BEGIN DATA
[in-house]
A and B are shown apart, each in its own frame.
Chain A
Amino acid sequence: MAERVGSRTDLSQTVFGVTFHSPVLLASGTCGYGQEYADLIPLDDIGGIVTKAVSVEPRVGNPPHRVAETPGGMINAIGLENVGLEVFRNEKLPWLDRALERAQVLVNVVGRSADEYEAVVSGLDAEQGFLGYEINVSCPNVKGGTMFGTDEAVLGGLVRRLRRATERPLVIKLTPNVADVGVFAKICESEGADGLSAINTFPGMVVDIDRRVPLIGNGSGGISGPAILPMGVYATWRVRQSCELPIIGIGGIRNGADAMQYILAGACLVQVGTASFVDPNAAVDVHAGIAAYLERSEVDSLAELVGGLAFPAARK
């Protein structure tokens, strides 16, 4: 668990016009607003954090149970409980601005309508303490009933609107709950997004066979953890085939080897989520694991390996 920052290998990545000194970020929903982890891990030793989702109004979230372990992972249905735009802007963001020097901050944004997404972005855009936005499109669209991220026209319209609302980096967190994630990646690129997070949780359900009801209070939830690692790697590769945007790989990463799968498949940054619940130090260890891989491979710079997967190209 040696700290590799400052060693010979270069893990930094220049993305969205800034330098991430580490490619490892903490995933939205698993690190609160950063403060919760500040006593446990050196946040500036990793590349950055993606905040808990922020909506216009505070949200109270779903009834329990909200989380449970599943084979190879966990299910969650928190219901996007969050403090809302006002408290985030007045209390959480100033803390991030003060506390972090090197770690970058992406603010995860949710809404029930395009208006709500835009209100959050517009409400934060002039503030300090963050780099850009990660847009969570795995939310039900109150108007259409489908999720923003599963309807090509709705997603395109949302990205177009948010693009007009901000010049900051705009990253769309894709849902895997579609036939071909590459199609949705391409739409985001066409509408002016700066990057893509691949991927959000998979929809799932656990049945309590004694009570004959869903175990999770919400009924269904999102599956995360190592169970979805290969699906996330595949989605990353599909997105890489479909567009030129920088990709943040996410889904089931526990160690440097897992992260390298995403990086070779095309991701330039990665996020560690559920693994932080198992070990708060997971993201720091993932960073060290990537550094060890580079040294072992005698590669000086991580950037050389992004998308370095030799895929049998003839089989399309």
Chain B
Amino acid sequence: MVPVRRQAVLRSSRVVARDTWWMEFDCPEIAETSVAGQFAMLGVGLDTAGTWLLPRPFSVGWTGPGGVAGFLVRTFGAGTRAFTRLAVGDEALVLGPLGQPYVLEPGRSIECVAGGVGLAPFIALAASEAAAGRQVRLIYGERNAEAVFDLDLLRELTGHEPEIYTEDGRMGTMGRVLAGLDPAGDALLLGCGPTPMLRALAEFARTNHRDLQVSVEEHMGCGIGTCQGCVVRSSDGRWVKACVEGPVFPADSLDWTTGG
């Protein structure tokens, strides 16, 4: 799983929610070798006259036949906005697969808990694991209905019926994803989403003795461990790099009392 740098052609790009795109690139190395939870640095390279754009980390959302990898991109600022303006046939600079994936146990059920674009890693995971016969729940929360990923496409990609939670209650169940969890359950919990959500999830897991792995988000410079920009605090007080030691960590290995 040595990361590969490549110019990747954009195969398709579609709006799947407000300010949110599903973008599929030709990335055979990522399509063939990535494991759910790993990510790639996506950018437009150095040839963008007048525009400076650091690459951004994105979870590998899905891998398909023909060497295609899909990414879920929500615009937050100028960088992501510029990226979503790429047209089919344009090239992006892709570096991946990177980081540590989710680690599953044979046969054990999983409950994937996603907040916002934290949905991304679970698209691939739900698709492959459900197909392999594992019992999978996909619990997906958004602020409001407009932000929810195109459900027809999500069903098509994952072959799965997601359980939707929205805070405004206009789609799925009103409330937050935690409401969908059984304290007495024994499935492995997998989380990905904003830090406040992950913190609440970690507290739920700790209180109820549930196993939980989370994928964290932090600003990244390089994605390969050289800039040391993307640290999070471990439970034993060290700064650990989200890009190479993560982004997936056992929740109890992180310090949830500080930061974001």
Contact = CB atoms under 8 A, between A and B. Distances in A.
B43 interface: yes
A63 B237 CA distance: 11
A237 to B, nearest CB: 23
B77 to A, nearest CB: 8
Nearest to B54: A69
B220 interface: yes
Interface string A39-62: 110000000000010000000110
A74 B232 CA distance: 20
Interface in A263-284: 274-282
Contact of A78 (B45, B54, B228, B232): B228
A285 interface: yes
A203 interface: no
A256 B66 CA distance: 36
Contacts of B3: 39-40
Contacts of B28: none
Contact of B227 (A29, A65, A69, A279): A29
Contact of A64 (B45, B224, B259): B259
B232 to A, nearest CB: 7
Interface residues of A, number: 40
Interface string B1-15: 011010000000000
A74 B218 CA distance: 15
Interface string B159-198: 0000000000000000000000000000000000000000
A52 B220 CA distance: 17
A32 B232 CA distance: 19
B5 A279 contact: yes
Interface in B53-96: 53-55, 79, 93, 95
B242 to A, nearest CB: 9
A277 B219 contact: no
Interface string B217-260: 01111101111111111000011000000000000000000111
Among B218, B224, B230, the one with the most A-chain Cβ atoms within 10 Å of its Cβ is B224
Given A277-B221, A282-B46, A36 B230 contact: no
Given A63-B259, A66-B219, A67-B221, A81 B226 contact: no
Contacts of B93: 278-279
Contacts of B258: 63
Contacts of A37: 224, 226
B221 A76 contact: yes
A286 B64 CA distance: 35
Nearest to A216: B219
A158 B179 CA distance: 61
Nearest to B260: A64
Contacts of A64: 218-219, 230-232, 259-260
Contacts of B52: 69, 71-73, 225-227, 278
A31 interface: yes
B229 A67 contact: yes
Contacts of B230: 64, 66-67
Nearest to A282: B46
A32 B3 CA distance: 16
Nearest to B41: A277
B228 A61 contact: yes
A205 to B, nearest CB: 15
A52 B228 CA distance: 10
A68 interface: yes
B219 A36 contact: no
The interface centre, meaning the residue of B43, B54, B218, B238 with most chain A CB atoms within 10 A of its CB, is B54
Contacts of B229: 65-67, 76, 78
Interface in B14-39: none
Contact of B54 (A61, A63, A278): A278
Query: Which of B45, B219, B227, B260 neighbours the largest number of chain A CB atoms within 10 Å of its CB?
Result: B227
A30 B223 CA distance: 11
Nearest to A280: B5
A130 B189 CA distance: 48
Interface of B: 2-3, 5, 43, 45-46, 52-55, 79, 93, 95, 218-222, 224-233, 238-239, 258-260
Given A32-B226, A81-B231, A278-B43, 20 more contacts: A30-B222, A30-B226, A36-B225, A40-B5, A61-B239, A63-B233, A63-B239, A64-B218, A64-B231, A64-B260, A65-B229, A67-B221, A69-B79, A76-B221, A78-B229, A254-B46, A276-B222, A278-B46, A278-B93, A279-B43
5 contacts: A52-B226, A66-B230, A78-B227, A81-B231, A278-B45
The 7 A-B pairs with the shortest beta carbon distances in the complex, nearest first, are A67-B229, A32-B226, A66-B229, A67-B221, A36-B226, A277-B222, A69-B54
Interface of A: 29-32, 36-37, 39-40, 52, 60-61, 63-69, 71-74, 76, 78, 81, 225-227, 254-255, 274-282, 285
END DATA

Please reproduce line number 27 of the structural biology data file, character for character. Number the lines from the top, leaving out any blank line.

B232 to A, nearest CB: 7